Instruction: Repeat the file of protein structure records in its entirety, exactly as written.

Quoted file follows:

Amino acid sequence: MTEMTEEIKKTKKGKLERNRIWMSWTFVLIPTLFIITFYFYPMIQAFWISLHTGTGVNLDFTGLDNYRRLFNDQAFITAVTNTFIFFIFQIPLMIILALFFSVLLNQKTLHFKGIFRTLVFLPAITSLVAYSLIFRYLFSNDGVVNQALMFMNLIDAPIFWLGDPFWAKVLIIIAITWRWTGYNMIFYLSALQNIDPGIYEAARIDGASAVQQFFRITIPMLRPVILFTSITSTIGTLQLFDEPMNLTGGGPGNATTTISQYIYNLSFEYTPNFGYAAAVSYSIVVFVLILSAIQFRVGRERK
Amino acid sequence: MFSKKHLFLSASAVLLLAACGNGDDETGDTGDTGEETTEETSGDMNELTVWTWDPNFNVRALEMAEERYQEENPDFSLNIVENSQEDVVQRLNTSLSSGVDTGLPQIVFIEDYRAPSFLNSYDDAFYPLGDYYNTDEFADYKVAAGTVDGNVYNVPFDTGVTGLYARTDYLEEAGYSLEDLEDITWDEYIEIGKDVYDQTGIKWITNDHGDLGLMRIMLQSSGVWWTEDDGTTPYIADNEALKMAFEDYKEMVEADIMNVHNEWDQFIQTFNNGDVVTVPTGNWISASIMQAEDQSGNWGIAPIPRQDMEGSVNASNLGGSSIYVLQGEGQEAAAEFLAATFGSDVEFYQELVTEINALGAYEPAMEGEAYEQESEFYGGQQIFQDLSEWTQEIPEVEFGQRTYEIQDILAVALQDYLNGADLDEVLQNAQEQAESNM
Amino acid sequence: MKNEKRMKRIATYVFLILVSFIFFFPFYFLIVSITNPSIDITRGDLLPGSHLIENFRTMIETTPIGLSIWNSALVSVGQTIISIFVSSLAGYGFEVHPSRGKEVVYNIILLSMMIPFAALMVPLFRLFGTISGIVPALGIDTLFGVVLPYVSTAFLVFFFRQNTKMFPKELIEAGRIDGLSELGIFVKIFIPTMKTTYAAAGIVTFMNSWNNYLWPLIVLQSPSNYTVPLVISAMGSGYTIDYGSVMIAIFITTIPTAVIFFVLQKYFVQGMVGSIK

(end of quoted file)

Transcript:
Amino acid sequence: MTEMTEEIKKTKKGKLERNRIWMSWTFVLIPTLFIITFYFYPMIQAFWISLHTGTGVNLDFTGLDNYRRLFNDQAFITAVTNTFIFFIFQIPLMIILALFFSVLLNQKTLHFKGIFRTLVFLPAITSLVAYSLIFRYLFSNDGVVNQALMFMNLIDAPIFWLGDPFWAKVLIIIAITWRWTGYNMIFYLSALQNIDPGIYEAARIDGASAVQQFFRITIPMLRPVILFTSITSTIGTLQLFDEPMNLTGGGPGNATTTISQYIYNLSFEYTPNFGYAAAVSYSIVVFVLILSAIQFRVGRERK
Amino acid sequence: MFSKKHLFLSASAVLLLAACGNGDDETGDTGDTGEETTEETSGDMNELTVWTWDPNFNVRALEMAEERYQEENPDFSLNIVENSQEDVVQRLNTSLSSGVDTGLPQIVFIEDYRAPSFLNSYDDAFYPLGDYYNTDEFADYKVAAGTVDGNVYNVPFDTGVTGLYARTDYLEEAGYSLEDLEDITWDEYIEIGKDVYDQTGIKWITNDHGDLGLMRIMLQSSGVWWTEDDGTTPYIADNEALKMAFEDYKEMVEADIMNVHNEWDQFIQTFNNGDVVTVPTGNWISASIMQAEDQSGNWGIAPIPRQDMEGSVNASNLGGSSIYVLQGEGQEAAAEFLAATFGSDVEFYQELVTEINALGAYEPAMEGEAYEQESEFYGGQQIFQDLSEWTQEIPEVEFGQRTYEIQDILAVALQDYLNGADLDEVLQNAQEQAESNM
Amino acid sequence: MKNEKRMKRIATYVFLILVSFIFFFPFYFLIVSITNPSIDITRGDLLPGSHLIENFRTMIETTPIGLSIWNSALVSVGQTIISIFVSSLAGYGFEVHPSRGKEVVYNIILLSMMIPFAALMVPLFRLFGTISGIVPALGIDTLFGVVLPYVSTAFLVFFFRQNTKMFPKELIEAGRIDGLSELGIFVKIFIPTMKTTYAAAGIVTFMNSWNNYLWPLIVLQSPSNYTVPLVISAMGSGYTIDYGSVMIAIFITTIPTAVIFFVLQKYFVQGMVGSIK